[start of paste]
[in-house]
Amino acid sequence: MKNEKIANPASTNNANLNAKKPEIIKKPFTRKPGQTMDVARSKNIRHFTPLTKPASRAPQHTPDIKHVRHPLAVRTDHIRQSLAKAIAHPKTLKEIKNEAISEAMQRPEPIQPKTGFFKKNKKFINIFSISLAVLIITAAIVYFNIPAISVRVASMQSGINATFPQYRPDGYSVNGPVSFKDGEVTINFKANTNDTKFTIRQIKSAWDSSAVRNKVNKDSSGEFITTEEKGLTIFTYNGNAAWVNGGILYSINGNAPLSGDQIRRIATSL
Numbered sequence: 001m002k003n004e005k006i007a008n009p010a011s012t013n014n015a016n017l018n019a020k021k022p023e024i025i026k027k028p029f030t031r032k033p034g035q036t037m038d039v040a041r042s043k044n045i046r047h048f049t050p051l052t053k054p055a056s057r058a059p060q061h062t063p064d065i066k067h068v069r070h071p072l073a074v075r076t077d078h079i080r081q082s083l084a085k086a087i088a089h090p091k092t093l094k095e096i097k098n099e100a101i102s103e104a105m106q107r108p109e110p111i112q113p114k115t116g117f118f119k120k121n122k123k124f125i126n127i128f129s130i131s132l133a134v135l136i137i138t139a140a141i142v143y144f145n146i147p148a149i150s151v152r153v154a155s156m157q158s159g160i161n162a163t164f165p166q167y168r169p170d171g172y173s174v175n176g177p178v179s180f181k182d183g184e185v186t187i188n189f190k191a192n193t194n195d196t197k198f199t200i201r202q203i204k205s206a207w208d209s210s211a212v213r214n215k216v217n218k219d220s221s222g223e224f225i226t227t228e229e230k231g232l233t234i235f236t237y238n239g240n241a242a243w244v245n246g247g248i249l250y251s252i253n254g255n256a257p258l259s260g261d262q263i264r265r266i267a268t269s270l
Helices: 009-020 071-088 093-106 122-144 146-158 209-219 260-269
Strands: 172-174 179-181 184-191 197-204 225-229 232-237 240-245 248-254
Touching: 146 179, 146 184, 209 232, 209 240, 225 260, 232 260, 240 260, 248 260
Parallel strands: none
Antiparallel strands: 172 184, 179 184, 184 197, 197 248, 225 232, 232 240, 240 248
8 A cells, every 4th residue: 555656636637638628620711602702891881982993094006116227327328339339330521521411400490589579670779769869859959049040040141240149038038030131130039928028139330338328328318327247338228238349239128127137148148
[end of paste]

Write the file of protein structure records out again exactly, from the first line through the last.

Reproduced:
[in-house]
Amino acid sequence: MKNEKIANPASTNNANLNAKKPEIIKKPFTRKPGQTMDVARSKNIRHFTPLTKPASRAPQHTPDIKHVRHPLAVRTDHIRQSLAKAIAHPKTLKEIKNEAISEAMQRPEPIQPKTGFFKKNKKFINIFSISLAVLIITAAIVYFNIPAISVRVASMQSGINATFPQYRPDGYSVNGPVSFKDGEVTINFKANTNDTKFTIRQIKSAWDSSAVRNKVNKDSSGEFITTEEKGLTIFTYNGNAAWVNGGILYSINGNAPLSGDQIRRIATSL
Numbered sequence: 001m002k003n004e005k006i007a008n009p010a011s012t013n014n015a016n017l018n019a020k021k022p023e024i025i026k027k028p029f030t031r032k033p034g035q036t037m038d039v040a041r042s043k044n045i046r047h048f049t050p051l052t053k054p055a056s057r058a059p060q061h062t063p064d065i066k067h068v069r070h071p072l073a074v075r076t077d078h079i080r081q082s083l084a085k086a087i088a089h090p091k092t093l094k095e096i097k098n099e100a101i102s103e104a105m106q107r108p109e110p111i112q113p114k115t116g117f118f119k120k121n122k123k124f125i126n127i128f129s130i131s132l133a134v135l136i137i138t139a140a141i142v143y144f145n146i147p148a149i150s151v152r153v154a155s156m157q158s159g160i161n162a163t164f165p166q167y168r169p170d171g172y173s174v175n176g177p178v179s180f181k182d183g184e185v186t187i188n189f190k191a192n193t194n195d196t197k198f199t200i201r202q203i204k205s206a207w208d209s210s211a212v213r214n215k216v217n218k219d220s221s222g223e224f225i226t227t228e229e230k231g232l233t234i235f236t237y238n239g240n241a242a243w244v245n246g247g248i249l250y251s252i253n254g255n256a257p258l259s260g261d262q263i264r265r266i267a268t269s270l
Helices: 009-020 071-088 093-106 122-144 146-158 209-219 260-269
Strands: 172-174 179-181 184-191 197-204 225-229 232-237 240-245 248-254
Touching: 146 179, 146 184, 209 232, 209 240, 225 260, 232 260, 240 260, 248 260
Parallel strands: none
Antiparallel strands: 172 184, 179 184, 184 197, 197 248, 225 232, 232 240, 240 248
8 A cells, every 4th residue: 555656636637638628620711602702891881982993094006116227327328339339330521521411400490589579670779769869859959049040040141240149038038030131130039928028139330338328328318327247338228238349239128127137148148